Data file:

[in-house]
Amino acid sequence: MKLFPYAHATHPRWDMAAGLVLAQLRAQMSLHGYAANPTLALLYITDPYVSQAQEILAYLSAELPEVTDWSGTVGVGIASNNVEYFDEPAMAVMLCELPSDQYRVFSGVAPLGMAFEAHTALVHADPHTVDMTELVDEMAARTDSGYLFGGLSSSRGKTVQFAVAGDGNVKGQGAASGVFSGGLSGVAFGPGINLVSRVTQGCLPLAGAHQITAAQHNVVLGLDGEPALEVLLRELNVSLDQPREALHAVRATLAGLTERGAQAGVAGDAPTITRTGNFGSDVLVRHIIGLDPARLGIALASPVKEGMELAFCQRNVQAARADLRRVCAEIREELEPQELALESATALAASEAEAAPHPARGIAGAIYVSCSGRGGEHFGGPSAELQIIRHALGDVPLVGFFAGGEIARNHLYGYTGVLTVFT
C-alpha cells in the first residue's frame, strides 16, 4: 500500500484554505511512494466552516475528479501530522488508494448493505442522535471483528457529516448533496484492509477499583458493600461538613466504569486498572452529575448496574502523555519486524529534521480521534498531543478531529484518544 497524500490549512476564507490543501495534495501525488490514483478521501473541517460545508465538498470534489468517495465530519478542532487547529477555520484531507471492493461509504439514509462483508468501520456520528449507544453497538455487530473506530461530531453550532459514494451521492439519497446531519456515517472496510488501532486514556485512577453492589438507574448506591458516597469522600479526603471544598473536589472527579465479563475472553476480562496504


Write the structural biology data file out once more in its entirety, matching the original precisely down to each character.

[in-house]
Amino acid sequence: MKLFPYAHATHPRWDMAAGLVLAQLRAQMSLHGYAANPTLALLYITDPYVSQAQEILAYLSAELPEVTDWSGTVGVGIASNNVEYFDEPAMAVMLCELPSDQYRVFSGVAPLGMAFEAHTALVHADPHTVDMTELVDEMAARTDSGYLFGGLSSSRGKTVQFAVAGDGNVKGQGAASGVFSGGLSGVAFGPGINLVSRVTQGCLPLAGAHQITAAQHNVVLGLDGEPALEVLLRELNVSLDQPREALHAVRATLAGLTERGAQAGVAGDAPTITRTGNFGSDVLVRHIIGLDPARLGIALASPVKEGMELAFCQRNVQAARADLRRVCAEIREELEPQELALESATALAASEAEAAPHPARGIAGAIYVSCSGRGGEHFGGPSAELQIIRHALGDVPLVGFFAGGEIARNHLYGYTGVLTVFT
C-alpha cells in the first residue's frame, strides 16, 4: 500500500484554505511512494466552516475528479501530522488508494448493505442522535471483528457529516448533496484492509477499583458493600461538613466504569486498572452529575448496574502523555519486524529534521480521534498531543478531529484518544 497524500490549512476564507490543501495534495501525488490514483478521501473541517460545508465538498470534489468517495465530519478542532487547529477555520484531507471492493461509504439514509462483508468501520456520528449507544453497538455487530473506530461530531453550532459514494451521492439519497446531519456515517472496510488501532486514556485512577453492589438507574448506591458516597469522600479526603471544598473536589472527579465479563475472553476480562496504